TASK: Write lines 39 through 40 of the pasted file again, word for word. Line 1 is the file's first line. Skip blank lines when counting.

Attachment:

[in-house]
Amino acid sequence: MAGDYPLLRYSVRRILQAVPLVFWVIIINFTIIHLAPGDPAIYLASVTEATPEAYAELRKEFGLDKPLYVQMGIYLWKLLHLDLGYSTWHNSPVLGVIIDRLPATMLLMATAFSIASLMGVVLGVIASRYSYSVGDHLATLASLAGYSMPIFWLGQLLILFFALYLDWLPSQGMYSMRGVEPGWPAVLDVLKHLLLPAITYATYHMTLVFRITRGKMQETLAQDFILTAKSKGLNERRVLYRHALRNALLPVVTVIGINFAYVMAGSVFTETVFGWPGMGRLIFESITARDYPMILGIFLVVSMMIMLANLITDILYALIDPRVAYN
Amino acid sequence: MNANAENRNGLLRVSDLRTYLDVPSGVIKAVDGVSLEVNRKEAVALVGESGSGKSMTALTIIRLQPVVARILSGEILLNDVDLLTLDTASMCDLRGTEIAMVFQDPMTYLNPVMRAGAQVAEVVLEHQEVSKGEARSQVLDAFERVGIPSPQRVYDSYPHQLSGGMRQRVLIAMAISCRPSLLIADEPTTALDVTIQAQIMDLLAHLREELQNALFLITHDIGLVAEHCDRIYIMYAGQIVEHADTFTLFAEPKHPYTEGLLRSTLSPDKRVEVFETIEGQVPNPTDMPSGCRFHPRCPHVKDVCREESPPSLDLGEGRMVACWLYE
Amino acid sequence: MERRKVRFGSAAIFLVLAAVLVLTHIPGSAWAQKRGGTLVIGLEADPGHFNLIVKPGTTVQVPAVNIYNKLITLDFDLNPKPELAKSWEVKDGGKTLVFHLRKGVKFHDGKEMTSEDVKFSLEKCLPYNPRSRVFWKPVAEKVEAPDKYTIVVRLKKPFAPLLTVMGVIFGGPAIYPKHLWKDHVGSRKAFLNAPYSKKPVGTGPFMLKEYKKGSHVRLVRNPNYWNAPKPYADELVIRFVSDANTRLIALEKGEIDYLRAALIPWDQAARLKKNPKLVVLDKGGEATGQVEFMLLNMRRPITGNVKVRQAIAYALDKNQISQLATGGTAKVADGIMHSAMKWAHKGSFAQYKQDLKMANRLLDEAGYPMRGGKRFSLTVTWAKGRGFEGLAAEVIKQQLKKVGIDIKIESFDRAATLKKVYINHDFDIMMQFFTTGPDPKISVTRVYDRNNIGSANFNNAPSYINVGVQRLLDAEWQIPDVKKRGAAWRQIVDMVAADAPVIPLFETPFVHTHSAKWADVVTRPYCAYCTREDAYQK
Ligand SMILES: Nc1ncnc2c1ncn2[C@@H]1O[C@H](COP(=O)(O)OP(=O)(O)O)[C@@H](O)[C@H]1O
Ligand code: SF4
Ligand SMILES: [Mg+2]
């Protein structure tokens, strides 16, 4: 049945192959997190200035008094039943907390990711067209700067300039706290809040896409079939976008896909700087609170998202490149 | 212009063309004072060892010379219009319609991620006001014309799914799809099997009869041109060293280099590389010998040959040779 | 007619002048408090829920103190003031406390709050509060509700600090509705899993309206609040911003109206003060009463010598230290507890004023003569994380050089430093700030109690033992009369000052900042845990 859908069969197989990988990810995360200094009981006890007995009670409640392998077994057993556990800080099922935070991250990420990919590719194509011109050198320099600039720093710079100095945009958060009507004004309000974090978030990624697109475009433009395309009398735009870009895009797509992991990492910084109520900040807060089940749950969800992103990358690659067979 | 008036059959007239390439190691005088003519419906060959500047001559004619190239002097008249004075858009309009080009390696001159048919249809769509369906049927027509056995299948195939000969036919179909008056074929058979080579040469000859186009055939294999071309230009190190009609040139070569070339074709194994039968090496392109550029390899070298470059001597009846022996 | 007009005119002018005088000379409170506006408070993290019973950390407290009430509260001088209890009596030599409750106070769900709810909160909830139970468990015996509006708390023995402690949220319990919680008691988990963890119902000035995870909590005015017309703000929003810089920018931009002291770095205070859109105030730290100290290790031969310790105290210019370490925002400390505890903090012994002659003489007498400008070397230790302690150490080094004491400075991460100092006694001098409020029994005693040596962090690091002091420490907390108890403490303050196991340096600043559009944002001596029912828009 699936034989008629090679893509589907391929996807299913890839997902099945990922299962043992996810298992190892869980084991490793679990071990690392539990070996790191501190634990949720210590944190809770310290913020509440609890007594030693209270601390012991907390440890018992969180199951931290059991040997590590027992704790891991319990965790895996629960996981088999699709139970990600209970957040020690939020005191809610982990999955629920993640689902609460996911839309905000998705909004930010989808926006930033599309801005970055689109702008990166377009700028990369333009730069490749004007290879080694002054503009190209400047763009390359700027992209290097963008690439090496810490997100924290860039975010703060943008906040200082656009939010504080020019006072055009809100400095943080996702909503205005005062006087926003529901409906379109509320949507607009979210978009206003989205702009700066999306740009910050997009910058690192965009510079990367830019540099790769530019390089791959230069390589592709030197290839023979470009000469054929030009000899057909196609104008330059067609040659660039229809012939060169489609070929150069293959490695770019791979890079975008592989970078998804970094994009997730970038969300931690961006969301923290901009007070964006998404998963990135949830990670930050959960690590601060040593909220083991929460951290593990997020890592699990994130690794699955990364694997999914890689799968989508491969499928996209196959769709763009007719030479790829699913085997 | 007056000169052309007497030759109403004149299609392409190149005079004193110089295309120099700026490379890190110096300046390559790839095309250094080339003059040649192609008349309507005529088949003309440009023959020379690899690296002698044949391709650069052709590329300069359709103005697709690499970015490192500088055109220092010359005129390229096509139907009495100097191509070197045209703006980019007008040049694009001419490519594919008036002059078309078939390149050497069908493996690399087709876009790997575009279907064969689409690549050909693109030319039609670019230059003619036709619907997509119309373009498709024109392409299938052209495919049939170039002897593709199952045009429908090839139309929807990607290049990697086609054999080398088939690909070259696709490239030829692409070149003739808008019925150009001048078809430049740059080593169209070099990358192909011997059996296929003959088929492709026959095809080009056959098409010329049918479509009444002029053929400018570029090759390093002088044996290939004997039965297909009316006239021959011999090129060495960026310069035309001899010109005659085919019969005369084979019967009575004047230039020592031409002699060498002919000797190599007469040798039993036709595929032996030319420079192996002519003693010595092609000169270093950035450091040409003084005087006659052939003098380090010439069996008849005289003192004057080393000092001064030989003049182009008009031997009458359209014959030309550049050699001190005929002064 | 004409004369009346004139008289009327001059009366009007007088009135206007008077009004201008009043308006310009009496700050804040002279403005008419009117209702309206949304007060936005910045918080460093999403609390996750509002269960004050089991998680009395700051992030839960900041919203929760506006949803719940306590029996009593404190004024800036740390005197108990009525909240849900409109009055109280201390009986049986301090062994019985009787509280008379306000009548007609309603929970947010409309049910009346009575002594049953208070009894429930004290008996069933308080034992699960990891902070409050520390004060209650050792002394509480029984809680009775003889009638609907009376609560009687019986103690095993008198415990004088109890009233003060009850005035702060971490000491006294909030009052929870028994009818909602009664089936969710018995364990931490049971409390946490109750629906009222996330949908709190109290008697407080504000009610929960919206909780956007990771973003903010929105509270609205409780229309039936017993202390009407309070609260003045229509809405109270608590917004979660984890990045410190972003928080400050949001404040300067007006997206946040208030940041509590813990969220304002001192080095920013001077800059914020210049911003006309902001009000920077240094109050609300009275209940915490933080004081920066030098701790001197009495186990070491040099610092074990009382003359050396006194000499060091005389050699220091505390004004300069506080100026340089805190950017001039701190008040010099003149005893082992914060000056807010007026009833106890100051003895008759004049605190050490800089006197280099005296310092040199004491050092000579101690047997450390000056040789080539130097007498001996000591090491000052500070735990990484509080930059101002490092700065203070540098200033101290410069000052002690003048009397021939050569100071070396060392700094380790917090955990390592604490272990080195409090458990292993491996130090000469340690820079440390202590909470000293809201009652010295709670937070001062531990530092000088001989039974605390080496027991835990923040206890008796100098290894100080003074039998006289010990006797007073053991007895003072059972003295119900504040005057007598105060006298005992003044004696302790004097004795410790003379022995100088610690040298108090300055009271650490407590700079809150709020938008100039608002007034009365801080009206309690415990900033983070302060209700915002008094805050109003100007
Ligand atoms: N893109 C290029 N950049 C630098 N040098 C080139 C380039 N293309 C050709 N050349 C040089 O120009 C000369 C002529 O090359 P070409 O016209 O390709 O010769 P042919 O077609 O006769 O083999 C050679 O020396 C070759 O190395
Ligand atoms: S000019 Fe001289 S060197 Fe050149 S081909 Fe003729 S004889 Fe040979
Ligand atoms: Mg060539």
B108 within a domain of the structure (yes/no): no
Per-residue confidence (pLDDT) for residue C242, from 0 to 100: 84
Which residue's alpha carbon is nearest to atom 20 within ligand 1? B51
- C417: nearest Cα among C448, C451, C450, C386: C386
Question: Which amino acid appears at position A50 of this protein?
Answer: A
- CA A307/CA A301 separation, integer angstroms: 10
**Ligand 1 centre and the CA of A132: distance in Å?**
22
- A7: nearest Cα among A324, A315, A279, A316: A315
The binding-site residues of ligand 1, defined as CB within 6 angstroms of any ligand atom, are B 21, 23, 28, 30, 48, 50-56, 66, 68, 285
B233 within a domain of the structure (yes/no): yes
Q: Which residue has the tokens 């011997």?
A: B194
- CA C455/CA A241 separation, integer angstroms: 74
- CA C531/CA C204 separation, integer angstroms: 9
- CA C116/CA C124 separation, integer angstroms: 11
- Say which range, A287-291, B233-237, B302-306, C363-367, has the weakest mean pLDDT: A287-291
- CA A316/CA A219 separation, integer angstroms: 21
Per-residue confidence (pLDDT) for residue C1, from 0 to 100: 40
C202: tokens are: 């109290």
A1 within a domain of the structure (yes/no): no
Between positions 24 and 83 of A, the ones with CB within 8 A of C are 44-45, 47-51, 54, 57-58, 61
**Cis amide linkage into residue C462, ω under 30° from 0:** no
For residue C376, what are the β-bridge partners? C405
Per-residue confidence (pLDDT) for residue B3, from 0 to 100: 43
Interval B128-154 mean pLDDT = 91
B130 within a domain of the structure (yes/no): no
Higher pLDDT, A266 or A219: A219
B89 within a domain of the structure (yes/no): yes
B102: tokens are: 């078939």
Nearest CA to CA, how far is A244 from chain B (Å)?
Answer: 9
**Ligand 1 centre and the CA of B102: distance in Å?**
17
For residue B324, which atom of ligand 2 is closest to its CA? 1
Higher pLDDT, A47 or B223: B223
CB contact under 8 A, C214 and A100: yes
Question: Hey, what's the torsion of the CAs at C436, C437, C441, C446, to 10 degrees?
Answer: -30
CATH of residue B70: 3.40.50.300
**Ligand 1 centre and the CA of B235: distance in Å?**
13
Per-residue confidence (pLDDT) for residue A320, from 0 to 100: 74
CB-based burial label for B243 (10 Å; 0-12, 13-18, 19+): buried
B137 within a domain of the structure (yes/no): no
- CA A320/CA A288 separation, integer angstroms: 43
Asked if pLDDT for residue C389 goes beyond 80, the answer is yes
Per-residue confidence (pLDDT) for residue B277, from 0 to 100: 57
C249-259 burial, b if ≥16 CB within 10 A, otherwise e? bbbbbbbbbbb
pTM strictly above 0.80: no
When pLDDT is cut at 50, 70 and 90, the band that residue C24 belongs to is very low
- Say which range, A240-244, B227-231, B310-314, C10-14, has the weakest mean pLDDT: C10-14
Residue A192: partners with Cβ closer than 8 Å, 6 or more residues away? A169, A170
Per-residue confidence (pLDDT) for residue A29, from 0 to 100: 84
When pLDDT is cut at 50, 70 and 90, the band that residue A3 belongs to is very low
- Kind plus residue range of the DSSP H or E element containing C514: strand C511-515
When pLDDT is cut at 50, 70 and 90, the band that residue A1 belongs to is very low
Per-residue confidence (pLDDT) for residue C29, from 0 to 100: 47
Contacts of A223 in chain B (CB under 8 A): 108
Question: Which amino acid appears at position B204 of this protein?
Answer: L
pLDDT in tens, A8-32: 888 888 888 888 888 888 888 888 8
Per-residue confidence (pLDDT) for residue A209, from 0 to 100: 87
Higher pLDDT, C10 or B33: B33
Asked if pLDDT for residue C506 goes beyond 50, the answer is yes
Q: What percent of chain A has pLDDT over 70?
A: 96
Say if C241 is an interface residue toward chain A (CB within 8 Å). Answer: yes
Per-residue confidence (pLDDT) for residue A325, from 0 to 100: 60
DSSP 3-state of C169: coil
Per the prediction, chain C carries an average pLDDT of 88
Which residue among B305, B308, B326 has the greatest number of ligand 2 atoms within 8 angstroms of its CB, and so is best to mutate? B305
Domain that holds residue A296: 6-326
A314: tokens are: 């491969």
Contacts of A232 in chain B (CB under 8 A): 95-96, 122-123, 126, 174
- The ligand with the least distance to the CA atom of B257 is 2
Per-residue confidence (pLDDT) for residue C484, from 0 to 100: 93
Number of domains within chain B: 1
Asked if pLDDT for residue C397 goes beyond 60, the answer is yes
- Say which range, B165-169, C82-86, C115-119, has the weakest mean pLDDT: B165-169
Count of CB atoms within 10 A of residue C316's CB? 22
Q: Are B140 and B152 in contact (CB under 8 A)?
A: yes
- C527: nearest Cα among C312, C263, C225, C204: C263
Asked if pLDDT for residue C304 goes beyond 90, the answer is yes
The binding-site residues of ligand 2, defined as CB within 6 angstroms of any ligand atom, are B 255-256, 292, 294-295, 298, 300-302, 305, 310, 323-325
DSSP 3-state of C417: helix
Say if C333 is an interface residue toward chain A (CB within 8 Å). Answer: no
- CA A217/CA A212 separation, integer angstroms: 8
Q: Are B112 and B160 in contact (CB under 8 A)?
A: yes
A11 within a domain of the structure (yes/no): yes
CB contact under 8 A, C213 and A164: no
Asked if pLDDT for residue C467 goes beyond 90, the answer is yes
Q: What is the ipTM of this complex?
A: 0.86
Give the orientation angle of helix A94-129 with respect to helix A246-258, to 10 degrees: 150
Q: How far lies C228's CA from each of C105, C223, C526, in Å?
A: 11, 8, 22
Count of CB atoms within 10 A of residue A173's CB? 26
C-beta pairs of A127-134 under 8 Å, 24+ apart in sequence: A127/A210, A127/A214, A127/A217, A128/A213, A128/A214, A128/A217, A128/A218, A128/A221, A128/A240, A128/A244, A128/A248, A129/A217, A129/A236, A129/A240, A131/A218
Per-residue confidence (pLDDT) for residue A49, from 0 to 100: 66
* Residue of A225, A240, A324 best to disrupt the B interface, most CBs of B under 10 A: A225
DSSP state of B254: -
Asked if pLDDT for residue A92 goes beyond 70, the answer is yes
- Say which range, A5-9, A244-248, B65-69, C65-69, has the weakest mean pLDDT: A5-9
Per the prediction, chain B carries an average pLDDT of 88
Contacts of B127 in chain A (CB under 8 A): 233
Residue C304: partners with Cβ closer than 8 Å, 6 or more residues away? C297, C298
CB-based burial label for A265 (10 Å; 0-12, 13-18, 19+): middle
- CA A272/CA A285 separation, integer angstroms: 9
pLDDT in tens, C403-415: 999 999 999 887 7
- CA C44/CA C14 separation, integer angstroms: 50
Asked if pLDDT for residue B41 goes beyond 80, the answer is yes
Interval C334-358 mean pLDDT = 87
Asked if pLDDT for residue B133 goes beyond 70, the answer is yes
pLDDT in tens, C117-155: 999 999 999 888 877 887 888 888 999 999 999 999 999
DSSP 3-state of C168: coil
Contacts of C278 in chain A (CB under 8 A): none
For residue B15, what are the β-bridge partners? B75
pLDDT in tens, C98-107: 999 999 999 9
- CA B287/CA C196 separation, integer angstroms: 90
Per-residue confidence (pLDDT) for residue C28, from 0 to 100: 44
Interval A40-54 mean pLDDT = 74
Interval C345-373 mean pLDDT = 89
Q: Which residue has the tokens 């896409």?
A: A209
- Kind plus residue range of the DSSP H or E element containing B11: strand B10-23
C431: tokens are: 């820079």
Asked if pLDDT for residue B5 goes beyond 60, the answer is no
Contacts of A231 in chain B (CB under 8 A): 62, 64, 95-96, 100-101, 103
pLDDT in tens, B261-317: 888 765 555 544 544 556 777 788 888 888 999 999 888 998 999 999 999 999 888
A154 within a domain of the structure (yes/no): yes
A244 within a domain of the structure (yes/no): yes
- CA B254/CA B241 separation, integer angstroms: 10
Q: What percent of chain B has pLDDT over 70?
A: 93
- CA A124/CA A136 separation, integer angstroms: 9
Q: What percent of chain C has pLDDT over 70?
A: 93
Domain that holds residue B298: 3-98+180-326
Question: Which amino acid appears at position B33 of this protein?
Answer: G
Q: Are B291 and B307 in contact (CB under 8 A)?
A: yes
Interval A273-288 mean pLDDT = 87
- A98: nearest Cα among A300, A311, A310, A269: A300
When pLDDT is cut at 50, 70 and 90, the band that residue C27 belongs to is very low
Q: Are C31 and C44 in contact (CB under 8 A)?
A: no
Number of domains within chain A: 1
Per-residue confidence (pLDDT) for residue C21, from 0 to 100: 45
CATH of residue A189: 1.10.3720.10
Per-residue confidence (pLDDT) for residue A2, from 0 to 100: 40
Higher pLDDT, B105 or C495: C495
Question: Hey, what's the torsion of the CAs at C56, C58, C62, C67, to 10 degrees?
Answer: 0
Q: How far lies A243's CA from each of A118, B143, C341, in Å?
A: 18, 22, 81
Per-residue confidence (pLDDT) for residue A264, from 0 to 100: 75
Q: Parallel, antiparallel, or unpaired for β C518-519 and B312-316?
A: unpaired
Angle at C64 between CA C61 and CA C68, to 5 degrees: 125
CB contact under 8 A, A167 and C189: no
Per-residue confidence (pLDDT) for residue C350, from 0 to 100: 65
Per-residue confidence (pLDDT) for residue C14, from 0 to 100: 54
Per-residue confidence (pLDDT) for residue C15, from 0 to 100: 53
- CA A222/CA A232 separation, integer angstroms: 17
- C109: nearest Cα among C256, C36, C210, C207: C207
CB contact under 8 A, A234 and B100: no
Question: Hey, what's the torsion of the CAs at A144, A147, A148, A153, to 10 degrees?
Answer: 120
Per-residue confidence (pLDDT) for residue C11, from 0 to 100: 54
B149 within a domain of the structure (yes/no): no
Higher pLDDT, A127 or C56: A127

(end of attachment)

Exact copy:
B130 within a domain of the structure (yes/no): no
Higher pLDDT, A266 or A219: A219